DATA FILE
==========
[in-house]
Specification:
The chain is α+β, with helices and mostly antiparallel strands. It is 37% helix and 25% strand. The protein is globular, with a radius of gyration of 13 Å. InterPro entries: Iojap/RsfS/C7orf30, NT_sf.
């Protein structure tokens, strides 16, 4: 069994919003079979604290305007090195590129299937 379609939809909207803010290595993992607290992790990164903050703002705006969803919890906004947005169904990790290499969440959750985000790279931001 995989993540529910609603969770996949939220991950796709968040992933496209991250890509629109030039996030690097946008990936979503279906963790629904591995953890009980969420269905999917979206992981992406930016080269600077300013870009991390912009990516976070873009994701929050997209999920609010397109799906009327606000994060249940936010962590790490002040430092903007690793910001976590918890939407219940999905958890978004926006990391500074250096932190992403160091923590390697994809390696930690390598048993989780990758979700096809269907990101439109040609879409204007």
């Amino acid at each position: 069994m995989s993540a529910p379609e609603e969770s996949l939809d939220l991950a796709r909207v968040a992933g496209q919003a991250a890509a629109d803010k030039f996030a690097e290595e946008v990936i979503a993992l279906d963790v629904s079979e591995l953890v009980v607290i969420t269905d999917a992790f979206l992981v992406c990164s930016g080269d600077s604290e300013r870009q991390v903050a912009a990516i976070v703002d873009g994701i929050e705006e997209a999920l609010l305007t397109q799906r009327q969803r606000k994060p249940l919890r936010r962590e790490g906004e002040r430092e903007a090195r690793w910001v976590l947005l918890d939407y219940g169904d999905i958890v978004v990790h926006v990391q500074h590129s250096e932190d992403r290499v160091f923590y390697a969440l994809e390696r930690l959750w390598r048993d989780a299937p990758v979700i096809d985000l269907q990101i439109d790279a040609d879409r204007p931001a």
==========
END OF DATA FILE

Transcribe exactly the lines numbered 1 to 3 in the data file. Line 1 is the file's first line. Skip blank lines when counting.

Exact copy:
[in-house]
Specification:
The chain is α+β, with helices and mostly antiparallel strands. It is 37% helix and 25% strand. The protein is globular, with a radius of gyration of 13 Å. InterPro entries: Iojap/RsfS/C7orf30, NT_sf.